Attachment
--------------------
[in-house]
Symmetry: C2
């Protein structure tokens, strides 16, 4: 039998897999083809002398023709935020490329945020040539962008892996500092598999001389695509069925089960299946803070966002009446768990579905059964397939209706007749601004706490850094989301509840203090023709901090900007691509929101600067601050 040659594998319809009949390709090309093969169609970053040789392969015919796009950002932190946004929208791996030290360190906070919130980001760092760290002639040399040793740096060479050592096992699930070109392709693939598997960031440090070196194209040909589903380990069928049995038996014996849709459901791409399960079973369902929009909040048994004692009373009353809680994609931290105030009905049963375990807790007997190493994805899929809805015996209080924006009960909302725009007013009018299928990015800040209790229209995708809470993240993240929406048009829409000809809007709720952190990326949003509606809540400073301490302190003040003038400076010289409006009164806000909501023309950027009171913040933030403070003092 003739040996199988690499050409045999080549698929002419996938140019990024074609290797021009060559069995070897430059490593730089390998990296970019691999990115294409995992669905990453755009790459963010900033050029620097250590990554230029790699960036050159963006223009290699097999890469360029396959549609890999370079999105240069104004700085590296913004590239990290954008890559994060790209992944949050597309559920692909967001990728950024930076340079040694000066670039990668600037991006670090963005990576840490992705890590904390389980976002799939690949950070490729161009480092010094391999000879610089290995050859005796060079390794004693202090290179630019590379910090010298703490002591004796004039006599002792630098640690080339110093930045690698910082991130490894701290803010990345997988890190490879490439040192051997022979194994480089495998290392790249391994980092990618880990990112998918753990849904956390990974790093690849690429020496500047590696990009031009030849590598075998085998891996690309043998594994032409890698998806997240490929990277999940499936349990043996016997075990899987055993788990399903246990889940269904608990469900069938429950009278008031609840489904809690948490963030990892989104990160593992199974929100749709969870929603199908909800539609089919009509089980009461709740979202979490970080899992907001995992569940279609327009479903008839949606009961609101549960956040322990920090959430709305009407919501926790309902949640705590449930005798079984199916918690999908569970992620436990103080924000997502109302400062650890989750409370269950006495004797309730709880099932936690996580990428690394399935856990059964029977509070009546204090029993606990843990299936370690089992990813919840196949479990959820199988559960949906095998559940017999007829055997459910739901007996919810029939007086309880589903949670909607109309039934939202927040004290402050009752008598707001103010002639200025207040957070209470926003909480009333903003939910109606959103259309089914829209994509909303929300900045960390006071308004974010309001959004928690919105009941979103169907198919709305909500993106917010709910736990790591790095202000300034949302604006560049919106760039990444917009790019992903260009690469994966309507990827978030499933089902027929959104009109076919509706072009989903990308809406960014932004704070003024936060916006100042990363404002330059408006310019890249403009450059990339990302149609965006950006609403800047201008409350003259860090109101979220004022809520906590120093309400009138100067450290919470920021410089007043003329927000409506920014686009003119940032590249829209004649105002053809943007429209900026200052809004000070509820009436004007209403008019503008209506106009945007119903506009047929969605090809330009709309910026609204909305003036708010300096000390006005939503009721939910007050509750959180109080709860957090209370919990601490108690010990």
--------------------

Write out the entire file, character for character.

[in-house]
Symmetry: C2
């Protein structure tokens, strides 16, 4: 039998897999083809002398023709935020490329945020040539962008892996500092598999001389695509069925089960299946803070966002009446768990579905059964397939209706007749601004706490850094989301509840203090023709901090900007691509929101600067601050 040659594998319809009949390709090309093969169609970053040789392969015919796009950002932190946004929208791996030290360190906070919130980001760092760290002639040399040793740096060479050592096992699930070109392709693939598997960031440090070196194209040909589903380990069928049995038996014996849709459901791409399960079973369902929009909040048994004692009373009353809680994609931290105030009905049963375990807790007997190493994805899929809805015996209080924006009960909302725009007013009018299928990015800040209790229209995708809470993240993240929406048009829409000809809007709720952190990326949003509606809540400073301490302190003040003038400076010289409006009164806000909501023309950027009171913040933030403070003092 003739040996199988690499050409045999080549698929002419996938140019990024074609290797021009060559069995070897430059490593730089390998990296970019691999990115294409995992669905990453755009790459963010900033050029620097250590990554230029790699960036050159963006223009290699097999890469360029396959549609890999370079999105240069104004700085590296913004590239990290954008890559994060790209992944949050597309559920692909967001990728950024930076340079040694000066670039990668600037991006670090963005990576840490992705890590904390389980976002799939690949950070490729161009480092010094391999000879610089290995050859005796060079390794004693202090290179630019590379910090010298703490002591004796004039006599002792630098640690080339110093930045690698910082991130490894701290803010990345997988890190490879490439040192051997022979194994480089495998290392790249391994980092990618880990990112998918753990849904956390990974790093690849690429020496500047590696990009031009030849590598075998085998891996690309043998594994032409890698998806997240490929990277999940499936349990043996016997075990899987055993788990399903246990889940269904608990469900069938429950009278008031609840489904809690948490963030990892989104990160593992199974929100749709969870929603199908909800539609089919009509089980009461709740979202979490970080899992907001995992569940279609327009479903008839949606009961609101549960956040322990920090959430709305009407919501926790309902949640705590449930005798079984199916918690999908569970992620436990103080924000997502109302400062650890989750409370269950006495004797309730709880099932936690996580990428690394399935856990059964029977509070009546204090029993606990843990299936370690089992990813919840196949479990959820199988559960949906095998559940017999007829055997459910739901007996919810029939007086309880589903949670909607109309039934939202927040004290402050009752008598707001103010002639200025207040957070209470926003909480009333903003939910109606959103259309089914829209994509909303929300900045960390006071308004974010309001959004928690919105009941979103169907198919709305909500993106917010709910736990790591790095202000300034949302604006560049919106760039990444917009790019992903260009690469994966309507990827978030499933089902027929959104009109076919509706072009989903990308809406960014932004704070003024936060916006100042990363404002330059408006310019890249403009450059990339990302149609965006950006609403800047201008409350003259860090109101979220004022809520906590120093309400009138100067450290919470920021410089007043003329927000409506920014686009003119940032590249829209004649105002053809943007429209900026200052809004000070509820009436004007209403008019503008209506106009945007119903506009047929969605090809330009709309910026609204909305003036708010300096000390006005939503009721939910007050509750959180109080709860957090209370919990601490108690010990």